1. The extremely flimsy justification for including Planetfall and Stationfall (other than "I want to") is that the former was included in the 1994 "Zork Anthology" set and there's just barely enough references in the game that if you squint really hard you might be able to see the resemblance.

      We'll see what happens since it's an optional side trip. I just want to see if Floyd is as awesome in reality as my flimsy memory.

      The crazy thing is that I've played most of the Infocom games... for a few minutes and then put them down. This is the first time I will be investing my full effort and attention to play them, as much as possible without hints. (And I hope to take advantage of the blog readers and do Requests for Assistance rather than look up the hints myself. More fun that way.)

      As for history, I've been considering even putting together a chart but I have come to learn a lot more how our games are connected. There is a nearly unbroken line that stretches from Adventureland to Elvira, for example, through the work of Scott Adams and his partners. Sierra's "Hi-Res Adventure" series was named in direct contrast to Adams's "Adventure" series with even the same style numbering. (And it no doubt encouraged him to rename his "SAGA", for better or worse.) And from Sierra we get so many of our classics through one twist and turn to another right down to upcoming games like Hero-U. They aren't unbroken lines, but you can see the genes.

      It's been fascinating for me when we find games that break that. I'm just starting to look at Startrek 25th Anniversary and (spoiler for the intro!), it has almost no adventure pedigree. It's taking design ideas from places we recognize, of course, but the only adventure game any of its major developers worked on in the past was Tass Times. Remember that one? Instead, they seem to be guys who will be much more known for RPGs.

      ICOM, Looking Glass Studios, LucasArts... it would be interesting sometime to trace which of the games we have played go back to which original ideas.

    2. Company / staff histories are very interesting indeed, the Adventuresoft / Adventuresoft UK lineage runs from Scott Adams' TRS-80 original all the way through to 2005's "Dark Corners of the Earth" (and come to think of it, I believe that Simon Woodroffe was last seen at the helm of Rare, so it's not impossible the line might bear a bit more fruit... though Rare prefer to mine their own history.)

      It gets more interesting when you look at the splits from solo adventure games to multiplayer online games (Alan Cox's work with Adventuresoft involved use of a codebase for a MUD, and many MUD developers ended up spearheading the big and influential MMORPGS) ... very different branches from the same tree.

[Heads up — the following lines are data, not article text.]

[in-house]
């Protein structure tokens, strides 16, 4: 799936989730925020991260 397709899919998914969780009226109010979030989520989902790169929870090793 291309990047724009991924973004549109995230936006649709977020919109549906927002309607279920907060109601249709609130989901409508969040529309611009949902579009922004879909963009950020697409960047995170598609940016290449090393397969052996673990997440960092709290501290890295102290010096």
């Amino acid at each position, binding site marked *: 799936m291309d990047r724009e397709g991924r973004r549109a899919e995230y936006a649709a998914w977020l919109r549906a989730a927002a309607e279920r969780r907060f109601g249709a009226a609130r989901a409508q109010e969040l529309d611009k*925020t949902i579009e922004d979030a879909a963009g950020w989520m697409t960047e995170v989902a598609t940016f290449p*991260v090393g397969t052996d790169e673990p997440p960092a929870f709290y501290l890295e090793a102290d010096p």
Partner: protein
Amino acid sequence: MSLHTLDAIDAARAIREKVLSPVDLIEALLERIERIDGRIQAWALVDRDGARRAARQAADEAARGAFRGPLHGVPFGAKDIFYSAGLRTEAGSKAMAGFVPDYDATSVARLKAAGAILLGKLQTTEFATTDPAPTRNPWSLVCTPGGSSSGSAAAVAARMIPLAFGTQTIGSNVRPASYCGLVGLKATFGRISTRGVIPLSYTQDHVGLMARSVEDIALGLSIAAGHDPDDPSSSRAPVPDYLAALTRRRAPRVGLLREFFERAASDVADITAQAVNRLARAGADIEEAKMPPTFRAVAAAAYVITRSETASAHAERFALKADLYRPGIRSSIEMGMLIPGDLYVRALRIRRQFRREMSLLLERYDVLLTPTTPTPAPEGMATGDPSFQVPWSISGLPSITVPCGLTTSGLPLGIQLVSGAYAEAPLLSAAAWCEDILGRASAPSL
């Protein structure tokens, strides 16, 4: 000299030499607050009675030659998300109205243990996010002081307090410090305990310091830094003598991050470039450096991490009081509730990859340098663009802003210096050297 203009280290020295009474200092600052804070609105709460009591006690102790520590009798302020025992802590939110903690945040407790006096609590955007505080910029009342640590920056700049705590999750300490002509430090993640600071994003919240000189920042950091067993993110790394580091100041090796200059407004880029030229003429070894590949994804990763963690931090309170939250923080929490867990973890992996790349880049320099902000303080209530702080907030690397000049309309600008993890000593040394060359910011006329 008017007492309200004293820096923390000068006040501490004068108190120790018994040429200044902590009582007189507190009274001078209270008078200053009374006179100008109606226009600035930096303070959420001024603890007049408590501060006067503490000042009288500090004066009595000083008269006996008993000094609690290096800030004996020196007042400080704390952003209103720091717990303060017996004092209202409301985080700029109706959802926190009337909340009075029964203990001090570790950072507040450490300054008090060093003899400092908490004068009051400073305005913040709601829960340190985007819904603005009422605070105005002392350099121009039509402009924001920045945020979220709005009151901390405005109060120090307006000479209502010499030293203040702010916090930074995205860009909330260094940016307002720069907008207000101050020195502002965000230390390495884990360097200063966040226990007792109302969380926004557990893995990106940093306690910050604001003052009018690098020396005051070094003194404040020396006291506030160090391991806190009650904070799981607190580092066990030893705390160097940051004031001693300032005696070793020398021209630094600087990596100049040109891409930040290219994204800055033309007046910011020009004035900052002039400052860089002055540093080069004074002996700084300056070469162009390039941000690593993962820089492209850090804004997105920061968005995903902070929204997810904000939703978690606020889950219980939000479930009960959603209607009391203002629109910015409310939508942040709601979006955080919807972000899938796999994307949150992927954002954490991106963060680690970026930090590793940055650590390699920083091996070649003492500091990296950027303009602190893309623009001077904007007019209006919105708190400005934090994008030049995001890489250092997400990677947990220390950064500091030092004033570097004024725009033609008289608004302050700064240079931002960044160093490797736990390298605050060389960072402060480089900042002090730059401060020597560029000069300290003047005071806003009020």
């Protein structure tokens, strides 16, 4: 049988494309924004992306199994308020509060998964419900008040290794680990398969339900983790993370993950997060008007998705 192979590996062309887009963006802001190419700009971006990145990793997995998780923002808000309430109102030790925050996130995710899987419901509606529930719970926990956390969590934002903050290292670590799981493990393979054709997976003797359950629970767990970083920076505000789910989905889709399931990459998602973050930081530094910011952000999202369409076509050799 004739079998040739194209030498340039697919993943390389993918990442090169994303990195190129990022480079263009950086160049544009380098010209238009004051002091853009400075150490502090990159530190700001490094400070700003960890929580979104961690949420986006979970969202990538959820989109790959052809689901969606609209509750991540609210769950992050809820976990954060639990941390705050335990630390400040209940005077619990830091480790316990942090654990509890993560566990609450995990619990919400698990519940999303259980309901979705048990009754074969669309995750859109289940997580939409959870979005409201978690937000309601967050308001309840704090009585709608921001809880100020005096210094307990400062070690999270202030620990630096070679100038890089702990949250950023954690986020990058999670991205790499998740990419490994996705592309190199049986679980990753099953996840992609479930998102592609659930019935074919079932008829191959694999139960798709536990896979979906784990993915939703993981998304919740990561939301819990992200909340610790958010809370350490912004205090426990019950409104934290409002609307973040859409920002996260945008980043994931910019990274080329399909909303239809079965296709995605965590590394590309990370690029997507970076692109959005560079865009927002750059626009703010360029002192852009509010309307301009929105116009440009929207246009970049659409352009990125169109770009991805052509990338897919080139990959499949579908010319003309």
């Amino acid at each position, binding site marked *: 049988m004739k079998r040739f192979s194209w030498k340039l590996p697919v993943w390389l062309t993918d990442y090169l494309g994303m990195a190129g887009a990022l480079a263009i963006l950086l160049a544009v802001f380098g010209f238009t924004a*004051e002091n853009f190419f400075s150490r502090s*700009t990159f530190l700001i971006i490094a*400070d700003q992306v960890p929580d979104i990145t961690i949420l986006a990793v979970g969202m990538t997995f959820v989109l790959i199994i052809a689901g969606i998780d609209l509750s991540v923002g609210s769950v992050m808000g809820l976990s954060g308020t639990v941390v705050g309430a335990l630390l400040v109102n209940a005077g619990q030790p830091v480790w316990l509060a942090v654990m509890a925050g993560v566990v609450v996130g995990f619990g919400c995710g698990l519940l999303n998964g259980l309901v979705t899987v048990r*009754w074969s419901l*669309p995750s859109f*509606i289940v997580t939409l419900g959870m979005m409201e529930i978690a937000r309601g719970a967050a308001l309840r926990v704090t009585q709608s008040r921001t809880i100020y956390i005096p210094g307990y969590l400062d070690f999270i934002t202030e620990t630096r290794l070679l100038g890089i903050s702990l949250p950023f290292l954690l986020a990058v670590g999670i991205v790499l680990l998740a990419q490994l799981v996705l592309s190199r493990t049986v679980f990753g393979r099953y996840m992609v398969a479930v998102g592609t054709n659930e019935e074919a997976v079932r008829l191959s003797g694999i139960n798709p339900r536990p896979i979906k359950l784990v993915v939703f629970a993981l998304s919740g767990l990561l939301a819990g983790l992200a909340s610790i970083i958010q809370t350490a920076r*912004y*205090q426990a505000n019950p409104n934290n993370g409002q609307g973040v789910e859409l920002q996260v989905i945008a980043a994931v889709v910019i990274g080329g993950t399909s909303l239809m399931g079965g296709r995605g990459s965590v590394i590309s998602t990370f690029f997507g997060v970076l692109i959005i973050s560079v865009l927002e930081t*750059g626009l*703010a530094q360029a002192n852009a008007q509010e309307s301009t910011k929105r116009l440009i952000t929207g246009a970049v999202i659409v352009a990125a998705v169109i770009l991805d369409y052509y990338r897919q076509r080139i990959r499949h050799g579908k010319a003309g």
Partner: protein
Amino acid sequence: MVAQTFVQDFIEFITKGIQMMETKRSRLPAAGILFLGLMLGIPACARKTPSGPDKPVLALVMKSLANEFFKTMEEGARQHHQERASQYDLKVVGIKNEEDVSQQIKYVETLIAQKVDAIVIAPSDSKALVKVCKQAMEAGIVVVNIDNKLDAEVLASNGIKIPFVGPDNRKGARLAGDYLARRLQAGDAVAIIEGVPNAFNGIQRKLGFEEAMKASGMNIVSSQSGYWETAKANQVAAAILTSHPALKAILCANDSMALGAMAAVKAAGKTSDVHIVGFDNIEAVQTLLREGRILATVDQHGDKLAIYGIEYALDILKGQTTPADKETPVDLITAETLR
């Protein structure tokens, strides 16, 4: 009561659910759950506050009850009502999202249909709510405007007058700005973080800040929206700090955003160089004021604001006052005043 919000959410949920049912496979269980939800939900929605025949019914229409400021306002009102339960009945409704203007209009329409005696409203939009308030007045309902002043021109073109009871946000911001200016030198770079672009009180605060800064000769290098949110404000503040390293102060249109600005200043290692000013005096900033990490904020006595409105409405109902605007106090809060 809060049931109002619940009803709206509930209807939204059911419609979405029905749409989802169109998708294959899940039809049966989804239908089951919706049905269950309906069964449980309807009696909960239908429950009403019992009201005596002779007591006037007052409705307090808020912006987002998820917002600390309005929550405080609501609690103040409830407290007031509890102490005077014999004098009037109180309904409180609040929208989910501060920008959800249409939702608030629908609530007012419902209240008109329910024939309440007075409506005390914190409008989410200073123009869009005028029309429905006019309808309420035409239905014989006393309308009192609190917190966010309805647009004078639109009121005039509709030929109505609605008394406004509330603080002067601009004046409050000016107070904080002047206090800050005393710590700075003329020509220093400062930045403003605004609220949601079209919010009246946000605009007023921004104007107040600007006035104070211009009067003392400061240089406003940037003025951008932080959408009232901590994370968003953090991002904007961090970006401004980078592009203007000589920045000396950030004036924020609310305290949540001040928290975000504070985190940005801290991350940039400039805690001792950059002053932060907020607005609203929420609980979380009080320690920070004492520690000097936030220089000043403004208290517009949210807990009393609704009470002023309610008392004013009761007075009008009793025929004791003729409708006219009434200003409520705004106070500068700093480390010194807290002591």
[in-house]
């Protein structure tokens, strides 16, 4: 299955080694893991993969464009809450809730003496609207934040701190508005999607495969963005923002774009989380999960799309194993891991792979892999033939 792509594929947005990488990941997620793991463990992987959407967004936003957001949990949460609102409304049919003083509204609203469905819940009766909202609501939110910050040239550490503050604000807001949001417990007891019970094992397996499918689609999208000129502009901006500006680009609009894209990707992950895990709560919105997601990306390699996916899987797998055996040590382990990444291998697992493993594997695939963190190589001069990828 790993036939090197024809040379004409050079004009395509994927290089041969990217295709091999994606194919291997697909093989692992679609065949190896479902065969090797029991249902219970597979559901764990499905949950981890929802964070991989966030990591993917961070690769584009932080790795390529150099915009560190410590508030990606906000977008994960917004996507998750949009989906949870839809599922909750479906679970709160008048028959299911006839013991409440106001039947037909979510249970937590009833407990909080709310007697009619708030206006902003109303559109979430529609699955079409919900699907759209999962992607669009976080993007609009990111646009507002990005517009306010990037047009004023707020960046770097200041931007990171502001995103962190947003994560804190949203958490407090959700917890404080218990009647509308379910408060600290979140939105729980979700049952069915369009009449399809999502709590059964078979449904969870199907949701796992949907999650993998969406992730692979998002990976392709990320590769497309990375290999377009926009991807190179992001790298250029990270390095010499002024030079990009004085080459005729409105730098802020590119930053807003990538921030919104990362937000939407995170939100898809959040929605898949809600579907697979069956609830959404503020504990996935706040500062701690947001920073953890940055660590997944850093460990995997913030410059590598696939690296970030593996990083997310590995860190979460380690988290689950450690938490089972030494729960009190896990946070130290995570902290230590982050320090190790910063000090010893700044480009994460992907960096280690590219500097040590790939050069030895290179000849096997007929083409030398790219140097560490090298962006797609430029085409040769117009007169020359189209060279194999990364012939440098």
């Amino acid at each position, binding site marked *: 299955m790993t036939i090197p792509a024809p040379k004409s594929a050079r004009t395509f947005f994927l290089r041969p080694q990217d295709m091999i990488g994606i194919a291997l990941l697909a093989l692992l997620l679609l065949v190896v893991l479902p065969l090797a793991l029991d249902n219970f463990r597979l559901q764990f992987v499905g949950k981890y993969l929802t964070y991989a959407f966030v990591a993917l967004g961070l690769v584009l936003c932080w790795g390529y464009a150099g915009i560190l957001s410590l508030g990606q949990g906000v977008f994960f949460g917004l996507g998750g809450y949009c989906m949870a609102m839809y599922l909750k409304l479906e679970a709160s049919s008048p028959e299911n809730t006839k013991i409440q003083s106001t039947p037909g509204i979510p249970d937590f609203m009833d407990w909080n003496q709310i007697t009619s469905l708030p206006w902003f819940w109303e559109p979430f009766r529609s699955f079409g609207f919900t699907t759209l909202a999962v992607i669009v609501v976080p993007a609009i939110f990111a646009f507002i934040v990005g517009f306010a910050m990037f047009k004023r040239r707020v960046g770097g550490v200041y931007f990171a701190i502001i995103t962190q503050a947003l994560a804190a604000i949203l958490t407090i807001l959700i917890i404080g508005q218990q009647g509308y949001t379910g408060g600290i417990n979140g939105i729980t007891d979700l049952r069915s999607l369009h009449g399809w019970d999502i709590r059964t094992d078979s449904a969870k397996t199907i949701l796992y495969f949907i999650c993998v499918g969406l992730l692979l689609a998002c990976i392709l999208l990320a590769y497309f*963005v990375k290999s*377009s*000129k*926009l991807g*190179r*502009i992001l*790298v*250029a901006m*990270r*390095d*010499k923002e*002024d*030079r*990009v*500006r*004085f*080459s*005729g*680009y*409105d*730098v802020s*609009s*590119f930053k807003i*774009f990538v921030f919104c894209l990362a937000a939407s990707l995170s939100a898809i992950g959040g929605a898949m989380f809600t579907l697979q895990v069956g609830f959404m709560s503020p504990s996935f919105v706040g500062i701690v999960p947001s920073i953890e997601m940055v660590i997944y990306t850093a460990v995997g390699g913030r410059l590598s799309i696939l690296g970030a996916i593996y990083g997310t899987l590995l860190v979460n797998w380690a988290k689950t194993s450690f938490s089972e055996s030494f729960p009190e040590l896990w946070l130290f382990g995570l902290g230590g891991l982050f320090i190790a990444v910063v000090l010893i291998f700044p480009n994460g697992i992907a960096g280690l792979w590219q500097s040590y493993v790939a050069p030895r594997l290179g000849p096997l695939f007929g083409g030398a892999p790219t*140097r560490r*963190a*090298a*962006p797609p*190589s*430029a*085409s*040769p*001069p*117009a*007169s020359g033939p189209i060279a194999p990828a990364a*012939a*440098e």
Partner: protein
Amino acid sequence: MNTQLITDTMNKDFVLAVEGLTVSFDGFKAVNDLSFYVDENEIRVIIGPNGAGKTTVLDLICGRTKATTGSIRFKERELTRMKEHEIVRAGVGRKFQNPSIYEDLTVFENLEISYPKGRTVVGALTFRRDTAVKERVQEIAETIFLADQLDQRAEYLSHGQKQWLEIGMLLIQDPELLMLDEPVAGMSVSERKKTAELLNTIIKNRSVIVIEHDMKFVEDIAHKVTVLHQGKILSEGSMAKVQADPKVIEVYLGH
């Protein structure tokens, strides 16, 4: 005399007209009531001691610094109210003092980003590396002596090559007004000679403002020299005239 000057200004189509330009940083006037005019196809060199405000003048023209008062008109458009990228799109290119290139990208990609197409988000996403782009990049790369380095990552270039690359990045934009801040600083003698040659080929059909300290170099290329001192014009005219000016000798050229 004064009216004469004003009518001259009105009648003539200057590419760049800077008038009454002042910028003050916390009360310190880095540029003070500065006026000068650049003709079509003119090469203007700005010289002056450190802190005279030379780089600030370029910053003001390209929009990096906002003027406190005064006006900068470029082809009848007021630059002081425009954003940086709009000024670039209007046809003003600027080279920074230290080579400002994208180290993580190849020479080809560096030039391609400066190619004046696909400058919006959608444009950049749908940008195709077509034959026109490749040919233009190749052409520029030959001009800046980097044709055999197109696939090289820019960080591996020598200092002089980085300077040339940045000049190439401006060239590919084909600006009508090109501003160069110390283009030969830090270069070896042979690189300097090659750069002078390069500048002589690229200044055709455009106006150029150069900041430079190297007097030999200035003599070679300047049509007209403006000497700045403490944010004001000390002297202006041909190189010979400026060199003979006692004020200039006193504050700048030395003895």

I've got to say, I haven't seen a great deal of direct Sierra influence since they jettisoned their own legacy as their time was running out and no one was in a big hurry (well, aside from Tsunami Media) to pick up the tradition after it was thought commercially extinct. (Fan developers aside, such as Infamous Adventures.)

      25 Anniversary is unlike games that came before, but it didn't reinvent the genre from the ground up. Though it might not have shared any staff with Lucasarts, I think it's closest to multi-character titles like Maniac Mansion and DOTT, only with more ship combat. (Also: Interplay did have an adventure game background -- Tracer Sanction, Mindshadow, Borrowed Time, leading up to Tass Times and Neuromancer -- they have all just been dismissed as non-notable 8)

      I know that the CRPG Addict tracks historical firsts (such as: first depiction of drug use in a CRPG, to pick one at random), but as he has a unique "big picture" view courtesy of his superhuman solo project, he doesn't need to coordinate with anyone.

  8. Interesting and ambitious plan! I wouldn't have considered Wishbringer to be part of the Zork series, but it does have a similar fantastic feel and some references to the original.

    My first adventure game was ADVENT, my second Zork. But I played them on mainframe computers, not in the Infocom versions. Zork was originally a single huge game, but Infocom split it into three parts to fit on floppy disks and computers with 48K (Apple II) memory. I believe they added some things in to each part so they could stand on their own.